Full and accurate discographies form the most basic research data for those investigating jazz and its legacy. But what constitutes a discography—what should it contain, and/or omit? How can it best serve its potential users? How does it in and of itself shape the nature of jazz research? Who and what should be included in an inclusive jazz discography? When is a seemingly “neutral decision” actually anything but—and, in our digital age, how should the traditional text-based information a discography contains be enriched via relations to the recorded artifact itself, in all its forms, and with its assorted historical, cultural, social, and political significance? How can and should MIR developments be used to extract information from such a discography, and what information need it contain in order to best facilitate present, and imaginable future, use by MIR technologies?

Participants include Krin Gabbard, Lisa Barg and David Brackett, John Szwed, Laura Risk, Gabriel Solis, Tad Shull, Cynthia Leive and Robert O'Meally. The colloquium takes place from 9-4 in A832/833, Elizabeth Wirth Music Building, 527 Sherbrooke St. West, Montreal.
Breathturns: Improvisation and Freedom 

Vancouver, June 25-26, 2016
The International Institute for Critical Studies in Improvisation and Coastal Jazz & Blues Society invite proposals for papers and presentations for our eighth colloquium in Vancouver, British Columbia—Breathturns: Improvisation and Freedom. The colloquium will take place during the opening weekend of the TD Vancouver International Jazz Festival at the downtown campus of the University of British Columbia, and will feature as keynote speakers several world-renowned improvisers who are performing at the festival.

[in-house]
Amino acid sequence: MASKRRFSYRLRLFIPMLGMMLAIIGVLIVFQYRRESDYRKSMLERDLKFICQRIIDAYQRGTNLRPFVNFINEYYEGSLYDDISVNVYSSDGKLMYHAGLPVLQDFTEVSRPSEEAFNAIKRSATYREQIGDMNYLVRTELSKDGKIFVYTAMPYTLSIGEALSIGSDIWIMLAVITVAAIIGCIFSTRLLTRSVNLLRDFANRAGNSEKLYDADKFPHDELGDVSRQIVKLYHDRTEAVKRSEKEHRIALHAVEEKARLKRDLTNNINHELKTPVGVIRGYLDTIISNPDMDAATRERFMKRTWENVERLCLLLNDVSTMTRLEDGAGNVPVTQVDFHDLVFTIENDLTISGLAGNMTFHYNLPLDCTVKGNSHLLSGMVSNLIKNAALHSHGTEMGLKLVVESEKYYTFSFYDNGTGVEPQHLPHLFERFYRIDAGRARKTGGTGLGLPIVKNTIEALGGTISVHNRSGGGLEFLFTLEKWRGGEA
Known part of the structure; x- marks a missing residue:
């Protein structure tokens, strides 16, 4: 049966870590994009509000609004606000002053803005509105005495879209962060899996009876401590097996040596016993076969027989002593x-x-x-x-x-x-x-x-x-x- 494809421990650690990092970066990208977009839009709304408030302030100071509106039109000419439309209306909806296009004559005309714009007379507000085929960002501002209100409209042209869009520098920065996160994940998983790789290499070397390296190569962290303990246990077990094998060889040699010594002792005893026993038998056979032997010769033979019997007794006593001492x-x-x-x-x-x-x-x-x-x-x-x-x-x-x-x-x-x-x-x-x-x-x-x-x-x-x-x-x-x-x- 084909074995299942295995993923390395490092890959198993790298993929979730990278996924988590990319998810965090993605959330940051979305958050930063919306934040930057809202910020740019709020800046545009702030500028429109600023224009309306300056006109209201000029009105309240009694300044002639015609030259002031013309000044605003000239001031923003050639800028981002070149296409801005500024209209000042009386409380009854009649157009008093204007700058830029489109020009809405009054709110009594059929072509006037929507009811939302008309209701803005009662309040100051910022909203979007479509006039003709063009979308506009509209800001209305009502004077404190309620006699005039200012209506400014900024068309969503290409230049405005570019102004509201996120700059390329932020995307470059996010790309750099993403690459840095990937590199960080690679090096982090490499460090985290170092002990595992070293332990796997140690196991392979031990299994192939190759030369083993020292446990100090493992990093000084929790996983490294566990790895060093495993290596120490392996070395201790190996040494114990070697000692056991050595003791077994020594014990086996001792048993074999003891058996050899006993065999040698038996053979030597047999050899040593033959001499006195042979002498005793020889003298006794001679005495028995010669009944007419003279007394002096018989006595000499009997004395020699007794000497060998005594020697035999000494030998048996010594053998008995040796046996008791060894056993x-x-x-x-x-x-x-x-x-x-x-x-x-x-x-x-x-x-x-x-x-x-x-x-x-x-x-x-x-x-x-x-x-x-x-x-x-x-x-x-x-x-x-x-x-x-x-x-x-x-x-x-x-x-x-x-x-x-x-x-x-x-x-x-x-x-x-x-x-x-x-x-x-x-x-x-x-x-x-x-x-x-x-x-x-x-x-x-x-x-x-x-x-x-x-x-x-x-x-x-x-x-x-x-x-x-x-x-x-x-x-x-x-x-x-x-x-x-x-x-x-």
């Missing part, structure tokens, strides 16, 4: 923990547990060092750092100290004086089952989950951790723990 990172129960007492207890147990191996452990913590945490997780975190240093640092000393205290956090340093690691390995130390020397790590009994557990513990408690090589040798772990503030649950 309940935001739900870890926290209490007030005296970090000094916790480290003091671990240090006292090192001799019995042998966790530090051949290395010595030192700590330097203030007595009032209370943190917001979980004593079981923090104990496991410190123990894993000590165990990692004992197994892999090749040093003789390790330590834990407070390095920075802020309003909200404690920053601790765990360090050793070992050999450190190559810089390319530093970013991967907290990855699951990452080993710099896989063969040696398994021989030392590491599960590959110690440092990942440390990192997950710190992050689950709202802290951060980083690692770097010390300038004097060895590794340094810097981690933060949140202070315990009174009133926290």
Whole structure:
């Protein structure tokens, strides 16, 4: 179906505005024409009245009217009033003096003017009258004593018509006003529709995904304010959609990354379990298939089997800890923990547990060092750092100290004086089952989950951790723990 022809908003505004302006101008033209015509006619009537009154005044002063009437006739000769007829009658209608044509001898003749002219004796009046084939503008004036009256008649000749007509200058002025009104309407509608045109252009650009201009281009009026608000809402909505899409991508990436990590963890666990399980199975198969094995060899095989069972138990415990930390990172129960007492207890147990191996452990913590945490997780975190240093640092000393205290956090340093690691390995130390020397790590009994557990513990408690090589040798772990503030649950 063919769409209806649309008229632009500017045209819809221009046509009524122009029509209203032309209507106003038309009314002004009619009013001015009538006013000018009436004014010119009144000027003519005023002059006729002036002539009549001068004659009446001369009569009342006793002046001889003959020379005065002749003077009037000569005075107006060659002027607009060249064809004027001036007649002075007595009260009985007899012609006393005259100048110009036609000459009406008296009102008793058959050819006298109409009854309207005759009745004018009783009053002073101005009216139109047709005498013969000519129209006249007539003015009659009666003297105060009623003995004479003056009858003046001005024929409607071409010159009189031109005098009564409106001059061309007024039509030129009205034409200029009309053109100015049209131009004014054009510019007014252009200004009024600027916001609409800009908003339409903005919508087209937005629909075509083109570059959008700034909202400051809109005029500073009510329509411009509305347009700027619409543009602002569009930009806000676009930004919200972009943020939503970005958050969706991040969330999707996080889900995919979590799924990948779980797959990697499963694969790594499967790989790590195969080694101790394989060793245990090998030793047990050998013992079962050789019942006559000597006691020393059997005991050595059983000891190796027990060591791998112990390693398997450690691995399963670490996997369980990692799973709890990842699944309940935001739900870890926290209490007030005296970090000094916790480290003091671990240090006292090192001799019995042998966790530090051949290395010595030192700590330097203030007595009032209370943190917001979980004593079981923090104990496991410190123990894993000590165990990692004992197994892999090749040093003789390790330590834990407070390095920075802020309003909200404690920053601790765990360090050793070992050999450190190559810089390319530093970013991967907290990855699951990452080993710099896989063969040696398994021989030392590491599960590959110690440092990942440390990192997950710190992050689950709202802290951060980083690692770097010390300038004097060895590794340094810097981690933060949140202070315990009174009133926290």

We are inviting proposals for 20-minute presentations from artists, academics and community members. Proposals for panels would be welcome, and we are interested in supporting various forms of interdisciplinary, practice-based research. This year, the colloquium will focus on the relationships between improvisation and freedom. How do improvisational practices in the arts challenge our limits? How do liberation and spontaneity intersect? How do collective actions negotiate with individualities? 

Proposals no longer than 200 words should be submitted by email on or before March 1, 2016 to Dr. Kevin McNeilly: